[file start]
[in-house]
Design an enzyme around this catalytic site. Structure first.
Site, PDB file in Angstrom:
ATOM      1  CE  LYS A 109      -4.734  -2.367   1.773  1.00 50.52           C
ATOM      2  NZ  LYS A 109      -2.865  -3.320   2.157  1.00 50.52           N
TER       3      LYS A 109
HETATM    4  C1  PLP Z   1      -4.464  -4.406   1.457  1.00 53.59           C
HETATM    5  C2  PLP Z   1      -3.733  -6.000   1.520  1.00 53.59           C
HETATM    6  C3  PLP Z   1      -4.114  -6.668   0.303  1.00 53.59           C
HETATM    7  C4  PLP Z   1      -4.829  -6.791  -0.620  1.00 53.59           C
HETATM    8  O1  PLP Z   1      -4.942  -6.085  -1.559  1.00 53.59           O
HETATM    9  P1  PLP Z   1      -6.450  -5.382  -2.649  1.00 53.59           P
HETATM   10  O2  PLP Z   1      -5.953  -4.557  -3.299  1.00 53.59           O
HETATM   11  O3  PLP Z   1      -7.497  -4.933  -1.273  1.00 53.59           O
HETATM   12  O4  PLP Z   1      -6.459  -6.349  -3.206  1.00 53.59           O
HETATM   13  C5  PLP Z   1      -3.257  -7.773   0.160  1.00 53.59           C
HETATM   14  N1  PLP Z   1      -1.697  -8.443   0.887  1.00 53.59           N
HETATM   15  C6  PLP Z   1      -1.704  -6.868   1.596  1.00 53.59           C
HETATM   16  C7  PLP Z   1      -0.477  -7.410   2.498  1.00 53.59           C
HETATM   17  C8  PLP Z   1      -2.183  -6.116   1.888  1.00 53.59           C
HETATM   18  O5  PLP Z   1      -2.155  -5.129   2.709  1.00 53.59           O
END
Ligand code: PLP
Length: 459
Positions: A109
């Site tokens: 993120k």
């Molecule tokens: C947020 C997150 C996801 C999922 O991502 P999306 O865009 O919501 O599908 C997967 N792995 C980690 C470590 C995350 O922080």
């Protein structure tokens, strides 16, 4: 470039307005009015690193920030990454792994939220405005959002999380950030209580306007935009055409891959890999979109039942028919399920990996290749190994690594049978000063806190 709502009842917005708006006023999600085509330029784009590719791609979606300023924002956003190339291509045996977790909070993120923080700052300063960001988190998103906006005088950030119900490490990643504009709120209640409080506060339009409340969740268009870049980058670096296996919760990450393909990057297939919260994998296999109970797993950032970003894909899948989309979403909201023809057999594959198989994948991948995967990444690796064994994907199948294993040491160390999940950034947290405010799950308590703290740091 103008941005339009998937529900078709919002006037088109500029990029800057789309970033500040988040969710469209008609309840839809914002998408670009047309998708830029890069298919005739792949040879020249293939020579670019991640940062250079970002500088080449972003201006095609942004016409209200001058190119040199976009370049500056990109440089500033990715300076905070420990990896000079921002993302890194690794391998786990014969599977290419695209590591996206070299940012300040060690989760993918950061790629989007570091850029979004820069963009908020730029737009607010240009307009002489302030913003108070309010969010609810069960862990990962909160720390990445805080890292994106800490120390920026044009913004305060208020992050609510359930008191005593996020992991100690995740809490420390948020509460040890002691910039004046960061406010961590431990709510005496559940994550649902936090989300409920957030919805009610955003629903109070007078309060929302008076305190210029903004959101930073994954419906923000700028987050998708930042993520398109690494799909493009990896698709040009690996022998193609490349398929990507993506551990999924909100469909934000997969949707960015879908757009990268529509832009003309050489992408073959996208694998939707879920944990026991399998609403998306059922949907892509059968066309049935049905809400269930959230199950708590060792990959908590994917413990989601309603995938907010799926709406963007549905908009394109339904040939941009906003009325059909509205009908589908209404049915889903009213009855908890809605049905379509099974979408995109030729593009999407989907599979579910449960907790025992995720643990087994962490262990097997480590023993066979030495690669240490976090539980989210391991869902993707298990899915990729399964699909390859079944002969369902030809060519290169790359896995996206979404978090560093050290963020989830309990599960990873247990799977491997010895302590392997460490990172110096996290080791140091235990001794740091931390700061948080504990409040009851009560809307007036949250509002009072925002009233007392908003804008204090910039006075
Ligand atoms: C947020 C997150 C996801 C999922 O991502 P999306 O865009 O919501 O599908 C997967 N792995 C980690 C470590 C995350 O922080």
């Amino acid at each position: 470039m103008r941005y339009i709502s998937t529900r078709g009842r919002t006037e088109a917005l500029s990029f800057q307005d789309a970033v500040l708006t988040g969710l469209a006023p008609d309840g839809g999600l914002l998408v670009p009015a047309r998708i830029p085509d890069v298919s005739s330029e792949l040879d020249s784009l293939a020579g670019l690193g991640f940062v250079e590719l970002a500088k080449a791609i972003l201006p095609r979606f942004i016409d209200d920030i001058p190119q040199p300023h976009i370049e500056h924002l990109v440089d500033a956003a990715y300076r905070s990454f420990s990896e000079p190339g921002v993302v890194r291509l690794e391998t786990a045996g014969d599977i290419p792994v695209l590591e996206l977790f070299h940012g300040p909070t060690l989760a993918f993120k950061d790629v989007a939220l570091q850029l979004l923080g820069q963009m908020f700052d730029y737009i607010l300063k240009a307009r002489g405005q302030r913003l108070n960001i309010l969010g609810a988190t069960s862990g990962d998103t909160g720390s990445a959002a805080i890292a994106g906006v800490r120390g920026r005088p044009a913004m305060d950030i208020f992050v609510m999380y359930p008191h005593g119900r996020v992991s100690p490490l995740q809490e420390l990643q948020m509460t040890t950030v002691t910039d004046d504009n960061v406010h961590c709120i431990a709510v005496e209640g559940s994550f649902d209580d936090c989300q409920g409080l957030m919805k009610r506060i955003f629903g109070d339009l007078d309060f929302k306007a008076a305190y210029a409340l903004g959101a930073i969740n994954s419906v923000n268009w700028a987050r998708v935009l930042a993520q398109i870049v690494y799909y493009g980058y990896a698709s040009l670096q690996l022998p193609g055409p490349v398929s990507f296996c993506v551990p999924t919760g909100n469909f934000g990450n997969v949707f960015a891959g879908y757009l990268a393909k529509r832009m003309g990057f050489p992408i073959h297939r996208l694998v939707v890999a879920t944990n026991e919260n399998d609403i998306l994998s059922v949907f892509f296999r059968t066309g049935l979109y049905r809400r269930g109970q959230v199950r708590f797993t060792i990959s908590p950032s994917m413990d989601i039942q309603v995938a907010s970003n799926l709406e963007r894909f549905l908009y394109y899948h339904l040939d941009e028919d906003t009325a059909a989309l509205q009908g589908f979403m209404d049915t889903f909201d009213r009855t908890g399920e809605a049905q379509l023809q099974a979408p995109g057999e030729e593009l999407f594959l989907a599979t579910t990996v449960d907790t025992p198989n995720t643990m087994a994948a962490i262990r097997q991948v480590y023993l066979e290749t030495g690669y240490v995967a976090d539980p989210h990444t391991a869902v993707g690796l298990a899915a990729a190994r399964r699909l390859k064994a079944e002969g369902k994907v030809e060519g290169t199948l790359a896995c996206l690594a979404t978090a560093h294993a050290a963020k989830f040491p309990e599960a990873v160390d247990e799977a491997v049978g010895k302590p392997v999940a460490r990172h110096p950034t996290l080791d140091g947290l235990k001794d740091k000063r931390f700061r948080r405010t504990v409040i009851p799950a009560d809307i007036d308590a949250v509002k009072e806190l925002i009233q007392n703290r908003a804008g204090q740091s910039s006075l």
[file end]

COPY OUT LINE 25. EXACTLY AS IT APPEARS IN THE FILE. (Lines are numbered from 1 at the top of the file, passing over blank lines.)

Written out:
Positions: A109